The Houston Astros have long valued pitch framing. Over the last five seasons, only one team — the Dodgers — have saved more runs via framing than the Astros. (You can now find this and the rest of our Strike Zone Runs Saved data on FanGraphs, under the rSZ column within the Fielding leaderboards.)
So it was noteworthy when Houston signed Robinson Chirinos to a one-year contract in December. Chirinos has historically rated as a negative pitch framer, including -6 Strike Zone Runs Saved in 2018.
Even more interesting is what part of the strike zone Chirinos has struggled to frame. From Chandler Rome’s profile on Chirinos for the Houston Chronicle last month:
“I told A.J. [Hinch] this (that) last year the pitch I was struggling (with) was the high pitch,” Chirinos said Thursday. “When I signed here in December, I knew from facing all these guys how they like to pitch. That high pitch is a pitch they use a lot.”
Gerrit Cole and Justin Verlander were among the league leaders at throwing fastballs in the upper-third of the zone and above in 2018. Yet it’s an area that Chirinos may not be comfortable with.
So where does Chirinos rank among other backstops at getting high strikes?
Using BIS’s pitch-charting data and standard strike zone, let’s consider called pitches (balls and called strikes) in approximately the top-fifth of the zone, plus a little above it and off the edges — essentially the area bordered in black here:
The pitches in this area have a borderline called-strike expectation. Anything higher or further outside is very likely to be a ball; anything lower (in the zone) is very likely to be a strike.
Among the 35 catchers with the most pitches caught in this area in 2018, here were the ten best at getting called strikes:
And here were the ten worst:
Chirinos does, in fact, appear among the trailers here. Meanwhile, Houston’s other catcher, Max Stassi, rates near the top. Stassi was tied with Yasmani Grandal and Tyler Flowers for the Strike Zone Runs Saved lead in 2018.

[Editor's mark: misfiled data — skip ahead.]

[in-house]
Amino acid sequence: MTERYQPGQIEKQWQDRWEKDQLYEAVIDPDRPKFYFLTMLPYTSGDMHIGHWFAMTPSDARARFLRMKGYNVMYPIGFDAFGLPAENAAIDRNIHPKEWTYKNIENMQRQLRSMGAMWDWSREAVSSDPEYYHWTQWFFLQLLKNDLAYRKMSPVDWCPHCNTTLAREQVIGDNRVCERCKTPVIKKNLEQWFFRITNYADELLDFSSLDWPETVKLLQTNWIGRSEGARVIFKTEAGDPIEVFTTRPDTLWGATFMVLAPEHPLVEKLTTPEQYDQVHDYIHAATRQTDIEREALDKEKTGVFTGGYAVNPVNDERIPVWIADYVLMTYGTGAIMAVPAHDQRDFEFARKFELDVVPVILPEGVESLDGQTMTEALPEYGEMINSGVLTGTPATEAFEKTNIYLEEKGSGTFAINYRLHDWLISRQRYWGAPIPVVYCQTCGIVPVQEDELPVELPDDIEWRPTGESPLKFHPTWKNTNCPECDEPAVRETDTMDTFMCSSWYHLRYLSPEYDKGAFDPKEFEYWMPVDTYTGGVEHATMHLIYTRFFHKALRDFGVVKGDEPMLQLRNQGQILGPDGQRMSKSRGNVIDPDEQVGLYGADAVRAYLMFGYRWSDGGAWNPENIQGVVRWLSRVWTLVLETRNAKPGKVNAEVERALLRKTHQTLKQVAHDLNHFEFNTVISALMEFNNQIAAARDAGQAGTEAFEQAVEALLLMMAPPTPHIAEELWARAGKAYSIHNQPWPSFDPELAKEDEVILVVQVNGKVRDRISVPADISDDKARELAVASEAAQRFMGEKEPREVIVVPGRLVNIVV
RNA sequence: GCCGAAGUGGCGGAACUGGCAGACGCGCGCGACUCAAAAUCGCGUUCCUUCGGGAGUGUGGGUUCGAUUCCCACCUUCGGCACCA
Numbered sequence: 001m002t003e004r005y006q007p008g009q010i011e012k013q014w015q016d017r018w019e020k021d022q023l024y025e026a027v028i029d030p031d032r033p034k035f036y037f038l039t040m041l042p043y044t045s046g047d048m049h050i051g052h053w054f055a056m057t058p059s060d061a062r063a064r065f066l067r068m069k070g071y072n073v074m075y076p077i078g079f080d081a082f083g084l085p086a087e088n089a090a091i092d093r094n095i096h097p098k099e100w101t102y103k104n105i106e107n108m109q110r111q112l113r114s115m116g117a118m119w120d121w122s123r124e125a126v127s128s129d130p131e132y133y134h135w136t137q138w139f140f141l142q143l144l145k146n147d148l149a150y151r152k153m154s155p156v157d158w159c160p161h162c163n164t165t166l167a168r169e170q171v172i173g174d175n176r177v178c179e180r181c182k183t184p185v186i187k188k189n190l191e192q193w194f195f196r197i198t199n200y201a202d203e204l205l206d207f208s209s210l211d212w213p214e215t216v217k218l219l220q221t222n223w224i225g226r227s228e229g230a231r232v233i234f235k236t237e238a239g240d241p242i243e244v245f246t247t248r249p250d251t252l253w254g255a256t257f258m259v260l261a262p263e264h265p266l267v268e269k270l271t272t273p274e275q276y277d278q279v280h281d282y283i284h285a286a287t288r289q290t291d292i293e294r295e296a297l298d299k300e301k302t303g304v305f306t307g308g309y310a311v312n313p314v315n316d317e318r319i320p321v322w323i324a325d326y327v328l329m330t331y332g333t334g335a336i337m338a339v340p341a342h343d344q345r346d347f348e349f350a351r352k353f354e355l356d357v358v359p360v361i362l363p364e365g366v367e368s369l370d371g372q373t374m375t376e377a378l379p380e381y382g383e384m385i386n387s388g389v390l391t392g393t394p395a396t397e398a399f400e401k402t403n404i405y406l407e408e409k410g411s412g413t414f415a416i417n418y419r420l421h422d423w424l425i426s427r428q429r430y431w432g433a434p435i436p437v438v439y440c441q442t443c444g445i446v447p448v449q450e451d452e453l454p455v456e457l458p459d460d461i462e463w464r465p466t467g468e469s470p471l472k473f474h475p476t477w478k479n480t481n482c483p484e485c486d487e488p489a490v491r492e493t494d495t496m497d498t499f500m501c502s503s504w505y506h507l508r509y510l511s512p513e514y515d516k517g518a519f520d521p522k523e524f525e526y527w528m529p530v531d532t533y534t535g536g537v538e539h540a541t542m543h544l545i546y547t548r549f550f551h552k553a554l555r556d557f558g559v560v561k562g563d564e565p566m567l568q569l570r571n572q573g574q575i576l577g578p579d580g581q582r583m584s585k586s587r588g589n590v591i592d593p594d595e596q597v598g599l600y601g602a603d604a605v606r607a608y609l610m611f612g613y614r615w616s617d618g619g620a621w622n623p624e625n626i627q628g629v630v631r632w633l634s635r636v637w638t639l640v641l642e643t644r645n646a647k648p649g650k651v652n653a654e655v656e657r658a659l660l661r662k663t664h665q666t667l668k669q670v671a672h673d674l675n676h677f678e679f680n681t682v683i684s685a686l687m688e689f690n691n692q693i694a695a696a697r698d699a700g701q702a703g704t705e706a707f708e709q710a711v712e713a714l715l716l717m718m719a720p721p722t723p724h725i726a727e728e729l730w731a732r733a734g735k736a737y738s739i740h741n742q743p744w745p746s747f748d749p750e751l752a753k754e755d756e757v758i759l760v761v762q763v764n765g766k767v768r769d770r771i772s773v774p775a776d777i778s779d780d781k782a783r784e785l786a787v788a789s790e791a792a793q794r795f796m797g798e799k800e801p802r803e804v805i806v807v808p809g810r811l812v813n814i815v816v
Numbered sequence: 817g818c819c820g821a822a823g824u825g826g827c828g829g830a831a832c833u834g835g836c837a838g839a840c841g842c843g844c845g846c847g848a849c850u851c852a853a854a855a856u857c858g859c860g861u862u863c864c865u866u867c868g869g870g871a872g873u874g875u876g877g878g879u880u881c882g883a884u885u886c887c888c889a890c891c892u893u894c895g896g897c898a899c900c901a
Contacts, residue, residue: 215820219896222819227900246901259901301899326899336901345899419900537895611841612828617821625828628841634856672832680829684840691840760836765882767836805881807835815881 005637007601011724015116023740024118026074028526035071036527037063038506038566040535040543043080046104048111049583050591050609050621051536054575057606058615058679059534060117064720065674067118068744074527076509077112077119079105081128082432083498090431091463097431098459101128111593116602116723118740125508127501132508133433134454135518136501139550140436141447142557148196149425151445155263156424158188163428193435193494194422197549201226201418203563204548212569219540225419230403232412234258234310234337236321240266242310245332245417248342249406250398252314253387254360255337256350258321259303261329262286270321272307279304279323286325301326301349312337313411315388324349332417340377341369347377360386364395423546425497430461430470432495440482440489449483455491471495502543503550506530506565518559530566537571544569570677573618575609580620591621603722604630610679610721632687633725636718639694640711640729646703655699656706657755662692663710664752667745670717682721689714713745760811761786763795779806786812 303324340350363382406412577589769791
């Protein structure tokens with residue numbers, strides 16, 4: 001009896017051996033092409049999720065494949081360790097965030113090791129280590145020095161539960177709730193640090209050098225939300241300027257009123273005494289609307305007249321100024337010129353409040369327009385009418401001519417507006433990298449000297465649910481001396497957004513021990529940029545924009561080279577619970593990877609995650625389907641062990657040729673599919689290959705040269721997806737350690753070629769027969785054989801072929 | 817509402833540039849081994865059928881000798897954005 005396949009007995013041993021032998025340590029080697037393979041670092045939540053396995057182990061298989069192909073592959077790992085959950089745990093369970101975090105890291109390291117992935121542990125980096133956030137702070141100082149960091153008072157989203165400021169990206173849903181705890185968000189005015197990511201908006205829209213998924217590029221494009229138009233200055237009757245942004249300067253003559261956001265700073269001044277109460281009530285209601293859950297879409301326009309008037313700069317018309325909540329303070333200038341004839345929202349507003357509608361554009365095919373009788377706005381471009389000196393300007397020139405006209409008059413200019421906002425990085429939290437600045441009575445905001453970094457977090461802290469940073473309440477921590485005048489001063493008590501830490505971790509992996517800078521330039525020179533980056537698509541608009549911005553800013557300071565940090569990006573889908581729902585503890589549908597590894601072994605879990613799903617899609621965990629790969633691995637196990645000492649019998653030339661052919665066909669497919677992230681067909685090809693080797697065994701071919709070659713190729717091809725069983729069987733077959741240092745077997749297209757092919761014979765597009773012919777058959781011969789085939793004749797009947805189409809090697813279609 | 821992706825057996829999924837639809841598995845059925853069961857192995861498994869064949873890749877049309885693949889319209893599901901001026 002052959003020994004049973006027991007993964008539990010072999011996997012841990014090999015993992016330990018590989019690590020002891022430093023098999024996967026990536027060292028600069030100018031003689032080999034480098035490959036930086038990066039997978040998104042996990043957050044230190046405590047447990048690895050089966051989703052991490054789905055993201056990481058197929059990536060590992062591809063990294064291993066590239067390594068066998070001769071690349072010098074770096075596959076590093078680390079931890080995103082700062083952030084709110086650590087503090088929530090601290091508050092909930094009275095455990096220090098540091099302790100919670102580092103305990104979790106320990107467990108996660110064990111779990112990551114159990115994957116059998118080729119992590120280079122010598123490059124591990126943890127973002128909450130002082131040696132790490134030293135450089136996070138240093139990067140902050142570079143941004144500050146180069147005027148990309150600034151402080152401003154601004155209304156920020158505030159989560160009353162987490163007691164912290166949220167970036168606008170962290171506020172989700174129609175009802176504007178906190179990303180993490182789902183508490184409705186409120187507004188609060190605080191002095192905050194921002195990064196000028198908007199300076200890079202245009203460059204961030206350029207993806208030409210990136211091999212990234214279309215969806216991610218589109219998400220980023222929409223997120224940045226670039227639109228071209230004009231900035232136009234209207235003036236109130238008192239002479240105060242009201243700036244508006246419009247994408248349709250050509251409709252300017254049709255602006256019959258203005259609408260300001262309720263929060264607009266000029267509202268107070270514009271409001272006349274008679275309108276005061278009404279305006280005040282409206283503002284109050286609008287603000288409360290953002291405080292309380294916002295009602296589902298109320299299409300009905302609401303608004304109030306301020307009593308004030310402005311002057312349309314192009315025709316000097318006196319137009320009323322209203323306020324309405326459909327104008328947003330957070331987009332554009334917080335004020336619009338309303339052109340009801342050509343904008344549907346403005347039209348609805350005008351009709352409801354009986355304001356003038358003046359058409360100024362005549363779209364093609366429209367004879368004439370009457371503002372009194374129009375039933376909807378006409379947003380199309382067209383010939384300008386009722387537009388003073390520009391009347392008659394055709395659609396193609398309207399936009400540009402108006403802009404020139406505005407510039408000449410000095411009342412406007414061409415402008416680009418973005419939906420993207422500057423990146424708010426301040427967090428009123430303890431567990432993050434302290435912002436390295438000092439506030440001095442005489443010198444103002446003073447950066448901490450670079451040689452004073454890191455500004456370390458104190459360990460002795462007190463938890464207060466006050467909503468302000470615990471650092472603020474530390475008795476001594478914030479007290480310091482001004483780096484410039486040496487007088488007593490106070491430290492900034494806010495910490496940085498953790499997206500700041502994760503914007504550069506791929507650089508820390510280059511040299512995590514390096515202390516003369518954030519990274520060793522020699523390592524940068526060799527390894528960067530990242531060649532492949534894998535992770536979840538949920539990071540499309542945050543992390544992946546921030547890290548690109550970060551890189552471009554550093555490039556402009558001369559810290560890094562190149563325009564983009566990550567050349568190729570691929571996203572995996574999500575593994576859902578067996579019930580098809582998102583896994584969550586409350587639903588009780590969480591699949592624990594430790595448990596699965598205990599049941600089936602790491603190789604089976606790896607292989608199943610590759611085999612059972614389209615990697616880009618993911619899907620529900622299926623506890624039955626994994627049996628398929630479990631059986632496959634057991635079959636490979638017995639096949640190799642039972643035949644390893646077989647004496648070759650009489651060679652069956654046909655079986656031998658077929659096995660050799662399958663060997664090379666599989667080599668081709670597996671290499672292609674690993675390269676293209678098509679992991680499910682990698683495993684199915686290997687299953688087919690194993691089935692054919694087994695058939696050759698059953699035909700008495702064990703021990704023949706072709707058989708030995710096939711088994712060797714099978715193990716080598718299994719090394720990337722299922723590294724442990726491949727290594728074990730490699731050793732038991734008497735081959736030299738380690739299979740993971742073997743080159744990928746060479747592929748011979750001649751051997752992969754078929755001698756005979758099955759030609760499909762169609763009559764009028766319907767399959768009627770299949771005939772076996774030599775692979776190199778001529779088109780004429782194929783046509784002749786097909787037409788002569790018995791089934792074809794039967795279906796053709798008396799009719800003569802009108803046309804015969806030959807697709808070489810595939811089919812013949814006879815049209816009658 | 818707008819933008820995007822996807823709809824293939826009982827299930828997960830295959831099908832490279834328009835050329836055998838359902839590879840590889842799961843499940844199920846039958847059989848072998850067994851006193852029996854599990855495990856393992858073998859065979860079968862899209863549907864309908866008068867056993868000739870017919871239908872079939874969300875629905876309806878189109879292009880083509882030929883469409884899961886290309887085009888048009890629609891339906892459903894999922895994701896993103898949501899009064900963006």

The Red Sox, Cardinals, and Mets all appear to be taking advantage here. Those teams ranked first, second, and third, respectively, in throwing the highest percentage of overall pitches in the area we outlined. (The Astros were eighth.)
And their catchers were strong at getting strikes there. Boston’s Sandy Leon and Christian Vazquez were both among the top ten at getting strikes in that area in 2018. The Cardinals’ Yadier Molina was the very best. And although the Mets traded Kevin Plawecki (8th) to Cleveland, they signed Wilson Ramos (3rd) to play behind the plate. (Pitching up in the zone was a key for Jacob deGrom in his Cy Young season.)
Finally, we can also visualize how catchers differ in framing various parts of the zone. Here’s a look at Chirinos:
This image compares Chirinos’ ability to get called strikes in each location to the league average. The red areas are where he’s better than average, and the blue areas are where he’s worse than average. As expected, we see a lot of blue at the top of the zone.
And here’s a look at Molina, who ranked first on the above leaderboard and excels at getting high strikes (but not so much at low ones):